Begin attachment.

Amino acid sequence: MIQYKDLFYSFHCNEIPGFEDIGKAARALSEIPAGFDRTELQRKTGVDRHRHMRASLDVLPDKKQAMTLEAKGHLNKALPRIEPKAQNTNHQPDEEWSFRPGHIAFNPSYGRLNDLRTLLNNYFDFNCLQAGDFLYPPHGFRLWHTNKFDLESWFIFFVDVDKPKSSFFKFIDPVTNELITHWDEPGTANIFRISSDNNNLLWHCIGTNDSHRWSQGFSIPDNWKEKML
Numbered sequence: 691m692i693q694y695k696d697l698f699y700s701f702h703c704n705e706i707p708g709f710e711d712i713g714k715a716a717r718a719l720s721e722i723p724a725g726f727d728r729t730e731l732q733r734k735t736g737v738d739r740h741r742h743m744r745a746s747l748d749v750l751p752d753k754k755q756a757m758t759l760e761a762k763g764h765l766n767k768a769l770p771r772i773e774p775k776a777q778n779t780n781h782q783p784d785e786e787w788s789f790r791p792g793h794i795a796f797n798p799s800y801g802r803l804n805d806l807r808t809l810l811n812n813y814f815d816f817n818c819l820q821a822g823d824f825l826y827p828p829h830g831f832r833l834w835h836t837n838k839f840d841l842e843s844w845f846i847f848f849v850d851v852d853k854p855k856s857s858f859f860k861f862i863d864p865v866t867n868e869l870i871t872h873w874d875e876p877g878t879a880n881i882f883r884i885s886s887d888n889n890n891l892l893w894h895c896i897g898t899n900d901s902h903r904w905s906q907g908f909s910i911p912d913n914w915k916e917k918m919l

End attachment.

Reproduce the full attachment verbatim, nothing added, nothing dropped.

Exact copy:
Amino acid sequence: MIQYKDLFYSFHCNEIPGFEDIGKAARALSEIPAGFDRTELQRKTGVDRHRHMRASLDVLPDKKQAMTLEAKGHLNKALPRIEPKAQNTNHQPDEEWSFRPGHIAFNPSYGRLNDLRTLLNNYFDFNCLQAGDFLYPPHGFRLWHTNKFDLESWFIFFVDVDKPKSSFFKFIDPVTNELITHWDEPGTANIFRISSDNNNLLWHCIGTNDSHRWSQGFSIPDNWKEKML
Numbered sequence: 691m692i693q694y695k696d697l698f699y700s701f702h703c704n705e706i707p708g709f710e711d712i713g714k715a716a717r718a719l720s721e722i723p724a725g726f727d728r729t730e731l732q733r734k735t736g737v738d739r740h741r742h743m744r745a746s747l748d749v750l751p752d753k754k755q756a757m758t759l760e761a762k763g764h765l766n767k768a769l770p771r772i773e774p775k776a777q778n779t780n781h782q783p784d785e786e787w788s789f790r791p792g793h794i795a796f797n798p799s800y801g802r803l804n805d806l807r808t809l810l811n812n813y814f815d816f817n818c819l820q821a822g823d824f825l826y827p828p829h830g831f832r833l834w835h836t837n838k839f840d841l842e843s844w845f846i847f848f849v850d851v852d853k854p855k856s857s858f859f860k861f862i863d864p865v866t867n868e869l870i871t872h873w874d875e876p877g878t879a880n881i882f883r884i885s886s887d888n889n890n891l892l893w894h895c896i897g898t899n900d901s902h903r904w905s906q907g908f909s910i911p912d913n914w915k916e917k918m919l